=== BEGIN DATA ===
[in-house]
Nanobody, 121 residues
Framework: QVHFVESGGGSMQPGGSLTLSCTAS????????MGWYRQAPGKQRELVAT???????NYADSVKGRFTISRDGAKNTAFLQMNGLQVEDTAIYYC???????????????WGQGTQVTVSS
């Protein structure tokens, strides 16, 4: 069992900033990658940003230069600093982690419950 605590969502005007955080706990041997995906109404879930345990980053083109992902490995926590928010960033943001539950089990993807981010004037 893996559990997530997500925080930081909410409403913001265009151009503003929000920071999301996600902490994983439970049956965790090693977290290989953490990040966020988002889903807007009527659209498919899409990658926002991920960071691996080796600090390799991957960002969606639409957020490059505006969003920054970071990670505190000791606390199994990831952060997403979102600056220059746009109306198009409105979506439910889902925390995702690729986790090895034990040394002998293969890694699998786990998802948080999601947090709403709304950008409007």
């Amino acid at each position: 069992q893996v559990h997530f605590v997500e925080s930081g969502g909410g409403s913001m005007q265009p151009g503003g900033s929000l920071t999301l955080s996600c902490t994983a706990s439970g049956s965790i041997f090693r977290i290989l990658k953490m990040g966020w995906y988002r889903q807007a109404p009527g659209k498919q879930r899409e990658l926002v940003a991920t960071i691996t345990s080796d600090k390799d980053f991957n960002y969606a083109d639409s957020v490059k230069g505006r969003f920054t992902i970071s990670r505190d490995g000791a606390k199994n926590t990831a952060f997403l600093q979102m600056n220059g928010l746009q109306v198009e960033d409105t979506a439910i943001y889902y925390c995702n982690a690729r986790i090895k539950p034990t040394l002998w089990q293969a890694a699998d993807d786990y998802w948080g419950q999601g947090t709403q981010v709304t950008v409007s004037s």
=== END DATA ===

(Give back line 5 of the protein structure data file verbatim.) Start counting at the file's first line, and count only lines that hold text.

């Amino acid at each position: 069992q893996v559990h997530f605590v997500e925080s930081g969502g909410g409403s913001m005007q265009p151009g503003g900033s929000l920071t999301l955080s996600c902490t994983a706990s439970g049956s965790i041997f090693r977290i290989l990658k953490m990040g966020w995906y988002r889903q807007a109404p009527g659209k498919q879930r899409e990658l926002v940003a991920t960071i691996t345990s080796d600090k390799d980053f991957n960002y969606a083109d639409s957020v490059k230069g505006r969003f920054t992902i970071s990670r505190d490995g000791a606390k199994n926590t990831a952060f997403l600093q979102m600056n220059g928010l746009q109306v198009e960033d409105t979506a439910i943001y889902y925390c995702n982690a690729r986790i090895k539950p034990t040394l002998w089990q293969a890694a699998d993807d786990y998802w948080g419950q999601g947090t709403q981010v709304t950008v409007s004037s």